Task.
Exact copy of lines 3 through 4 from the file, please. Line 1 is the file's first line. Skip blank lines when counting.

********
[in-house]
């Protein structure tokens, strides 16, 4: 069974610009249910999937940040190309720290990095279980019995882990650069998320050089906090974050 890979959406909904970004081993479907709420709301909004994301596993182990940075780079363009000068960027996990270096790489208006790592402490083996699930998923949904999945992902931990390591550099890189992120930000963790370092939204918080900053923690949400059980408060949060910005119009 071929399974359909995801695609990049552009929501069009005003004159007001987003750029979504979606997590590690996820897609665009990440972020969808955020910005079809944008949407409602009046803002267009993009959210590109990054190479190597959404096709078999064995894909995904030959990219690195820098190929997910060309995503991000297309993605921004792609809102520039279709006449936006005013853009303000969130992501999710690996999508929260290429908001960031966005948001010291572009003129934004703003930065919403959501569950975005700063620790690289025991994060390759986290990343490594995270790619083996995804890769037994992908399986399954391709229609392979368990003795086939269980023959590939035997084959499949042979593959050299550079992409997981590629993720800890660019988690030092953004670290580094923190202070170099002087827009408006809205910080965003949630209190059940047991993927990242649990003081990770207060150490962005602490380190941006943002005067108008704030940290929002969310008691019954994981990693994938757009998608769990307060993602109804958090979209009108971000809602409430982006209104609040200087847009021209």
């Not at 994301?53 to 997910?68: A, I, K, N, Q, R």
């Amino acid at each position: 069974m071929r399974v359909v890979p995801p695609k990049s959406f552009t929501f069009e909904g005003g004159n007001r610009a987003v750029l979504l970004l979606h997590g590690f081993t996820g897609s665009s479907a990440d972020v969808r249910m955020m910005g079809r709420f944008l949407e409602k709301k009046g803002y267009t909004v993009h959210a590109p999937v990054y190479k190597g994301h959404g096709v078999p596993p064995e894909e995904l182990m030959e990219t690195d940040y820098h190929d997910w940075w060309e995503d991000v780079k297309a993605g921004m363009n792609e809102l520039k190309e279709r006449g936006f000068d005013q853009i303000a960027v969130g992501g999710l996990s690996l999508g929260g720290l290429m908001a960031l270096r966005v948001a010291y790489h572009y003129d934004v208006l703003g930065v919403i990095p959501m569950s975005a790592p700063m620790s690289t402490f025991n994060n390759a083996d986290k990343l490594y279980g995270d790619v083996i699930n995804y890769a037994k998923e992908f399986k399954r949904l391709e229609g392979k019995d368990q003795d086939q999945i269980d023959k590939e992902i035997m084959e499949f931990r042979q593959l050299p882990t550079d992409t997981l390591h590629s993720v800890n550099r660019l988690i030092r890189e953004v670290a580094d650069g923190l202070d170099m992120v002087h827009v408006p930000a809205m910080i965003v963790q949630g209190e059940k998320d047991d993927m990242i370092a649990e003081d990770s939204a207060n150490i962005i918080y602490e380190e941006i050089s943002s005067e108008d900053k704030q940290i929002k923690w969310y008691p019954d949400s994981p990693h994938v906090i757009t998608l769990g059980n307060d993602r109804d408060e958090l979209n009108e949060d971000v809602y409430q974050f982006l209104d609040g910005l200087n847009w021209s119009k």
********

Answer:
């Not at 994301?53 to 997910?68: A, I, K, N, Q, R």
């Amino acid at each position: 069974m071929r399974v359909v890979p995801p695609k990049s959406f552009t929501f069009e909904g005003g004159n007001r610009a987003v750029l979504l970004l979606h997590g590690f081993t996820g897609s665009s479907a990440d972020v969808r249910m955020m910005g079809r709420f944008l949407e409602k709301k009046g803002y267009t909004v993009h959210a590109p999937v990054y190479k190597g994301h959404g096709v078999p596993p064995e894909e995904l182990m030959e990219t690195d940040y820098h190929d997910w940075w060309e995503d991000v780079k297309a993605g921004m363009n792609e809102l520039k190309e279709r006449g936006f000068d005013q853009i303000a960027v969130g992501g999710l996990s690996l999508g929260g720290l290429m908001a960031l270096r966005v948001a010291y790489h572009y003129d934004v208006l703003g930065v919403i990095p959501m569950s975005a790592p700063m620790s690289t402490f025991n994060n390759a083996d986290k990343l490594y279980g995270d790619v083996i699930n995804y890769a037994k998923e992908f399986k399954r949904l391709e229609g392979k019995d368990q003795d086939q999945i269980d023959k590939e992902i035997m084959e499949f931990r042979q593959l050299p882990t550079d992409t997981l390591h590629s993720v800890n550099r660019l988690i030092r890189e953004v670290a580094d650069g923190l202070d170099m992120v002087h827009v408006p930000a809205m910080i965003v963790q949630g209190e059940k998320d047991d993927m990242i370092a649990e003081d990770s939204a207060n150490i962005i918080y602490e380190e941006i050089s943002s005067e108008d900053k704030q940290i929002k923690w969310y008691p019954d949400s994981p990693h994938v906090i757009t998608l769990g059980n307060d993602r109804d408060e958090l979209n009108e949060d971000v809602y409430q974050f982006l209104d609040g910005l200087n847009w021209s119009k």